Vegetables Playing Nice

We hear about companion planting often; combine plants together that are beneficial.  Sometimes they flag down good bugs or bees for pollination, or sometimes they repel insects that enjoy eating their companion.  They like each other.  Basil and tomatoes.  Potatoes and greens.  Corn and squash.  All good friends.  I do companion plant but I do more than that.  Even if I did have a zillion acres, I wouldn’t mono-crop.  Meaning long rows of one plant.  I know in commercial farming that it is considerably easier than digging out the cabbage from the lush onion tops, but I will probably never be that big!  Furthermore, even though I don’t want to mono-crop, I do some companion planting, my real reason for growing plants all together in the same space is…well, space!

3 sisters

Now that we are trying to provide most of our own food and do some market growing, the corn can not leisurely take up all that space.  It best share.  There is a full foot between the stalks.  Squash and melon plants can be meandering around down there keeping weeds down.  There is also room for some beans to climb up the corn stalk. (Sounds like a nursery rhyme!)  This, of course, creates what is known as the Three Sisters, the Native American form of gardening.  Yes, they are beneficial plants for each other but they also save on space.

debs pic2

Any blank few inches of dirt gets spinach, kale, chard, or lettuce seeds added to it.  Baby greens are delicious, good for us, and easy to grow.  They get put everywhere.

IMG0129A

Onions share space with neighbors above ground, namely cauliflower, cabbage, and Brussels.  Potatoes share with sunflowers.  We have Irish blood in us, we need potatoes.  When ours sprouted and ran for the hills in the root cellar, we were saddened.  Thank goodness the ones at the store were available.  This year we are planting them everywhere, in barrels, next to the extra row of beans, next to the carrots, and in another large raised bed.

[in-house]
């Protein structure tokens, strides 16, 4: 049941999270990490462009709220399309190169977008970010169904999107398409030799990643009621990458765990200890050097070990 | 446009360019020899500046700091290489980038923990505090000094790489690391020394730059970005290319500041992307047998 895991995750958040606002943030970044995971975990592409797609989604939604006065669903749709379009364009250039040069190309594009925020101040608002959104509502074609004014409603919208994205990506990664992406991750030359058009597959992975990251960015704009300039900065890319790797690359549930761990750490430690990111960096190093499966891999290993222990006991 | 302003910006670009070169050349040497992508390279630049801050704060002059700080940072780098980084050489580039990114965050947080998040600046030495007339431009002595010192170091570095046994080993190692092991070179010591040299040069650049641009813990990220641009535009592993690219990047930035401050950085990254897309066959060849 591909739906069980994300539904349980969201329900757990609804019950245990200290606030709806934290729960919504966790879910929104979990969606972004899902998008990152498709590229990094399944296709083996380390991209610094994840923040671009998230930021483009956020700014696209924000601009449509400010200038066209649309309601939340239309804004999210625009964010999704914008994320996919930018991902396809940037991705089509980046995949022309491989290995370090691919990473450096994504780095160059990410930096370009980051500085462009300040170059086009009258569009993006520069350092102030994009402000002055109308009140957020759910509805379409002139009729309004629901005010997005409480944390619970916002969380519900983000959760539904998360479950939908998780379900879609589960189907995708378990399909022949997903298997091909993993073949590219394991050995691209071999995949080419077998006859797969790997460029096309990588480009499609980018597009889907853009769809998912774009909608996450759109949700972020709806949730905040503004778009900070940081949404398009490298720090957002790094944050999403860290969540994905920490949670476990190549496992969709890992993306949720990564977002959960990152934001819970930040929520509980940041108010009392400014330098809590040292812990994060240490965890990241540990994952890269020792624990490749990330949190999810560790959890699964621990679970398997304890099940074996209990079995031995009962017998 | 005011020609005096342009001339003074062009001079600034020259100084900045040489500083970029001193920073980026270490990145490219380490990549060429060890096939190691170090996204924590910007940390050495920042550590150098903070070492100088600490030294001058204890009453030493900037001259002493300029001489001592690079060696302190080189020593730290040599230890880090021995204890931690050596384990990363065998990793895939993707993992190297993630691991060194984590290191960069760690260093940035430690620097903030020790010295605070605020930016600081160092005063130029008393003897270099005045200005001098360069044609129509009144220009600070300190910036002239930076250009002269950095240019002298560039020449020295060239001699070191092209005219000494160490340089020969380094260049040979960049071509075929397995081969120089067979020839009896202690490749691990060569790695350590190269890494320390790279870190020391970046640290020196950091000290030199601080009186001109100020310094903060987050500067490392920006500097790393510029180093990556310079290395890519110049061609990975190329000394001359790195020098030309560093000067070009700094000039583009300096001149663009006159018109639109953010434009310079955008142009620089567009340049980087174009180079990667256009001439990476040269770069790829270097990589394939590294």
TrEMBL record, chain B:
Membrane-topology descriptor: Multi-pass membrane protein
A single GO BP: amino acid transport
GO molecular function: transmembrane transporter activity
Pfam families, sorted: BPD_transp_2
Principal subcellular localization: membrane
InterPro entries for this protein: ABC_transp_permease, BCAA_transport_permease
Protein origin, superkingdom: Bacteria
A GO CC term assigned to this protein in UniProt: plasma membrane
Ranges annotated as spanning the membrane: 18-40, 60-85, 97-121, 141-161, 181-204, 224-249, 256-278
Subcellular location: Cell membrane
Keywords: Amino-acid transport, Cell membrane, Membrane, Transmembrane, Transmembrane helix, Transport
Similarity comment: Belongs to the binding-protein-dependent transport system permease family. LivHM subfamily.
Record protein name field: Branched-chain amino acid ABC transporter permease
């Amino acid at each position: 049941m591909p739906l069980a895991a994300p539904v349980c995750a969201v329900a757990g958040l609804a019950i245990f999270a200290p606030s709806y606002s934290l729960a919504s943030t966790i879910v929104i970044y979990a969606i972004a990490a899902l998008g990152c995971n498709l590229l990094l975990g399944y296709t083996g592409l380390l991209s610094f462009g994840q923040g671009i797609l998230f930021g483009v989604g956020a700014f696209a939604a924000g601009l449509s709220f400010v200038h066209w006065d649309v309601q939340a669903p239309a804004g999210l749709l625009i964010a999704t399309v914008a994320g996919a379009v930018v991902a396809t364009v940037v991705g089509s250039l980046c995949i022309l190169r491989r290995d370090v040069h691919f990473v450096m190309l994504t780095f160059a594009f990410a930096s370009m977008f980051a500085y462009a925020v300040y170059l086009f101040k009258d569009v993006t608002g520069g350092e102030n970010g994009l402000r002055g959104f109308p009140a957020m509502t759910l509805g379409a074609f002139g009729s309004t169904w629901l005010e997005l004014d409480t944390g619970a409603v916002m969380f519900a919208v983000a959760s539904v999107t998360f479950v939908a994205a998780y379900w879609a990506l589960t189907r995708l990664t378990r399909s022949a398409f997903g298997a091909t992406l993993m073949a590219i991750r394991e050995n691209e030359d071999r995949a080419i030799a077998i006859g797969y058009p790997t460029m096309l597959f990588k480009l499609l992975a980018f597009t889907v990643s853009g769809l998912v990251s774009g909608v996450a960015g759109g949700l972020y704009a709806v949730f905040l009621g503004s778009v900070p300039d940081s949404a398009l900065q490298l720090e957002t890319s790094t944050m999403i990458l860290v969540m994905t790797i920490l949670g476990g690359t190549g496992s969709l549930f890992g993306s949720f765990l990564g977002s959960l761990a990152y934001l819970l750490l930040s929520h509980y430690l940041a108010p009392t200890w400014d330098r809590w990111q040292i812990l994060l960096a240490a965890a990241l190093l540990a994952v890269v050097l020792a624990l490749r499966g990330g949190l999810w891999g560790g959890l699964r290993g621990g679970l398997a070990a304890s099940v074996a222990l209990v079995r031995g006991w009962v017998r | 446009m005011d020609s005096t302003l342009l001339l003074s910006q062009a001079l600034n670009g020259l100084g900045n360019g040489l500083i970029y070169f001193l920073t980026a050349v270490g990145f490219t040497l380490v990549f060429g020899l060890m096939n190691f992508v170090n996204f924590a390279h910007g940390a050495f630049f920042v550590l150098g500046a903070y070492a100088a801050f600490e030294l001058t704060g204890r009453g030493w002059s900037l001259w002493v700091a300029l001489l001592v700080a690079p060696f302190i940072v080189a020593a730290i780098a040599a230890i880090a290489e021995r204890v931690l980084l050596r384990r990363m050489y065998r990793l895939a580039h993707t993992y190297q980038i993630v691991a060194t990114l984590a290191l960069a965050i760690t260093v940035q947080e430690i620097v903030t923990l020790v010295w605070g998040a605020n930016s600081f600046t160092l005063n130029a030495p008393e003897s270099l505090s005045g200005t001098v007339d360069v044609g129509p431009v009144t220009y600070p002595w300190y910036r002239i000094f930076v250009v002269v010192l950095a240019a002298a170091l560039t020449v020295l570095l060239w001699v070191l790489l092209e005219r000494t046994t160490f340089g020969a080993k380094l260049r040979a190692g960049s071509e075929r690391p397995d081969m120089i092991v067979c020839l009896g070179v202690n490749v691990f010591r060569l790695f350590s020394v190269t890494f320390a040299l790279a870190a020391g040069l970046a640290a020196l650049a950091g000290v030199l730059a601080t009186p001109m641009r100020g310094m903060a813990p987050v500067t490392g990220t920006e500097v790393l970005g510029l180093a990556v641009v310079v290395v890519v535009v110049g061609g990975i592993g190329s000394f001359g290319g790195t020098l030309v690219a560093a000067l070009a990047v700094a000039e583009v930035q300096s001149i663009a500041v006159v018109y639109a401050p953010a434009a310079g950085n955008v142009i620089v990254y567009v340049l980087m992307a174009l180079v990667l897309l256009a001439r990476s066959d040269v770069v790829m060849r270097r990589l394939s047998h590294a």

The first set of lettuce and greens that I planted early were sparse and even though I can harvest them still, there is a lot more space in that bed.  I could plant more greens or soybeans, or whatever I have left seed wise.  Probably shouldn’t plant pumpkins, they would pummel the little lettuce guys once they started spreading!  Common sense helps with gardening. (I could use a smidge more…)

dragon carrots

One can also think this way; something growing underground (potatoes, carrots, turnips….), something growing short that is early (lettuce, kale, collards….), and something that takes awhile to get harvested (Brussels sprouts, cabbage, beans….), and make them share a bed.  They all have enough room.

Now you can never have to say your garden is much too small.  You can have pots, five gallon buckets, trash cans, upside down tomato plants, and all the vegetables in the garden playing nice and sharing the soil.  Just envision that harvest!

2 Comments Add yours

  1. aumcchildren says:

    I mono crop..what’s wrong with that?? lol jk. I have actually never thought of putting anything in with my corn. I might do winter squash then. Pumpkins are already planted. I could also plant my fall carrots between the rows. The corn will be almost done by the time the carrots do any sort of root growing so that will be nice. Thanks for the idea!

    1. Farmgirl says:

      I figured most of my friends would say something about this post! I mean big corporations! But interplanting is great for those of us with a tiny farm!

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